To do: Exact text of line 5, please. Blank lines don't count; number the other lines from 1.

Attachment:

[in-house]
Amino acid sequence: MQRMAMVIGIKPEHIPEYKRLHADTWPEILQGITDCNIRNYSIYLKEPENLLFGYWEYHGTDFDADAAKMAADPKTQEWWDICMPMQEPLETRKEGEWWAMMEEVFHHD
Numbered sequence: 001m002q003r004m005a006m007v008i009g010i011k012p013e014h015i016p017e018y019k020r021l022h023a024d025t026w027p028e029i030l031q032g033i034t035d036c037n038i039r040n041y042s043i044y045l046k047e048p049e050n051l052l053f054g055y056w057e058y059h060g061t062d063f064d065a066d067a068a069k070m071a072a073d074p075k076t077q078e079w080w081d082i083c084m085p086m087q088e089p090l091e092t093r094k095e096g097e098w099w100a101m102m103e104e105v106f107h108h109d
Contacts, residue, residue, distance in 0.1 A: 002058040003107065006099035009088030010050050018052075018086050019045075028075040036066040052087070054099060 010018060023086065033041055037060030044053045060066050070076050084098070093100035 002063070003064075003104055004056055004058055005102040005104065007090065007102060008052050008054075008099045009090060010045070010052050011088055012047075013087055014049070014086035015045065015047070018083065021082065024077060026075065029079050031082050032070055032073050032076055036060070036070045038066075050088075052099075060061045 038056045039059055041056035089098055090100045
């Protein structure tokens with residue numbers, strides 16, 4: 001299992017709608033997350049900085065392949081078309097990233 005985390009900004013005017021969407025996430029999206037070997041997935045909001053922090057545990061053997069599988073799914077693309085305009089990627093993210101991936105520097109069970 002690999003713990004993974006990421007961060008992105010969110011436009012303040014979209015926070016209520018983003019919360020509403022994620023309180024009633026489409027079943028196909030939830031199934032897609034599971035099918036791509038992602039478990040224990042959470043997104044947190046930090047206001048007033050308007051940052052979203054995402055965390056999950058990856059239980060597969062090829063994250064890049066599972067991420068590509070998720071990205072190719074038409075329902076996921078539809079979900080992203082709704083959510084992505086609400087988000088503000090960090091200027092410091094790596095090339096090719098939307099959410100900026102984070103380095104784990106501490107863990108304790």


């Protein structure tokens with residue numbers, strides 16, 4: 001299992017709608033997350049900085065392949081078309097990233 005985390009900004013005017021969407025996430029999206037070997041997935045909001053922090057545990061053997069599988073799914077693309085305009089990627093993210101991936105520097109069970 002690999003713990004993974006990421007961060008992105010969110011436009012303040014979209015926070016209520018983003019919360020509403022994620023309180024009633026489409027079943028196909030939830031199934032897609034599971035099918036791509038992602039478990040224990042959470043997104044947190046930090047206001048007033050308007051940052052979203054995402055965390056999950058990856059239980060597969062090829063994250064890049066599972067991420068590509070998720071990205072190719074038409075329902076996921078539809079979900080992203082709704083959510084992505086609400087988000088503000090960090091200027092410091094790596095090339096090719098939307099959410100900026102984070103380095104784990106501490107863990108304790």